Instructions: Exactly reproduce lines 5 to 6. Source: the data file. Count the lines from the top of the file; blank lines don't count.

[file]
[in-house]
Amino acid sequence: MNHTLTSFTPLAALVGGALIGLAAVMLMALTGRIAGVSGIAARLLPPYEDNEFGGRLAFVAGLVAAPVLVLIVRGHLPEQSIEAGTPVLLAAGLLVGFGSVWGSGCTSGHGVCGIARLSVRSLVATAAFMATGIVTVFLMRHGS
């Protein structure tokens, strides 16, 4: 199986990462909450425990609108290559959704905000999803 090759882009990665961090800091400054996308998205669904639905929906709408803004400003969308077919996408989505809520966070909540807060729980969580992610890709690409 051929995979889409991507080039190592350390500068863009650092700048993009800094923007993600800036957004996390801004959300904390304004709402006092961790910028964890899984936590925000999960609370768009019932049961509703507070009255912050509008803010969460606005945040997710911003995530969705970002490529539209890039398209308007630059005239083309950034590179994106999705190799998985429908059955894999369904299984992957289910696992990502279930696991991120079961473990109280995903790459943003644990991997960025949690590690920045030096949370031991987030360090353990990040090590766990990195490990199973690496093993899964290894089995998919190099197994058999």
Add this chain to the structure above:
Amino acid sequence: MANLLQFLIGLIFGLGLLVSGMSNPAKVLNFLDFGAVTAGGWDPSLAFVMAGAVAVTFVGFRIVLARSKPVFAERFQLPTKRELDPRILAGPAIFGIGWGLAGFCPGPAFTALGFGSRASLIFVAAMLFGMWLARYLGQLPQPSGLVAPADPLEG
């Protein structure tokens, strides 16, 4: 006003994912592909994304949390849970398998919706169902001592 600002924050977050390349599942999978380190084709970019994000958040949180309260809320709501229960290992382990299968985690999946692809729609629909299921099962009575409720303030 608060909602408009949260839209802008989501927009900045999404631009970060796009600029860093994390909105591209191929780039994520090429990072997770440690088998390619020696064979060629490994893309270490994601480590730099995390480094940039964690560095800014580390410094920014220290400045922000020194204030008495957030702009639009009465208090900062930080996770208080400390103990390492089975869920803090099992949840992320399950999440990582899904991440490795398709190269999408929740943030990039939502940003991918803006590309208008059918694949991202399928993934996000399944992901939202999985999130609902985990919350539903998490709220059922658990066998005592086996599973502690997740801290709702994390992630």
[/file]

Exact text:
Amino acid sequence: MANLLQFLIGLIFGLGLLVSGMSNPAKVLNFLDFGAVTAGGWDPSLAFVMAGAVAVTFVGFRIVLARSKPVFAERFQLPTKRELDPRILAGPAIFGIGWGLAGFCPGPAFTALGFGSRASLIFVAAMLFGMWLARYLGQLPQPSGLVAPADPLEG
């Protein structure tokens, strides 16, 4: 006003994912592909994304949390849970398998919706169902001592 600002924050977050390349599942999978380190084709970019994000958040949180309260809320709501229960290992382990299968985690999946692809729609629909299921099962009575409720303030 608060909602408009949260839209802008989501927009900045999404631009970060796009600029860093994390909105591209191929780039994520090429990072997770440690088998390619020696064979060629490994893309270490994601480590730099995390480094940039964690560095800014580390410094920014220290400045922000020194204030008495957030702009639009009465208090900062930080996770208080400390103990390492089975869920803090099992949840992320399950999440990582899904991440490795398709190269999408929740943030990039939502940003991918803006590309208008059918694949991202399928993934996000399944992901939202999985999130609902985990919350539903998490709220059922658990066998005592086996599973502690997740801290709702994390992630």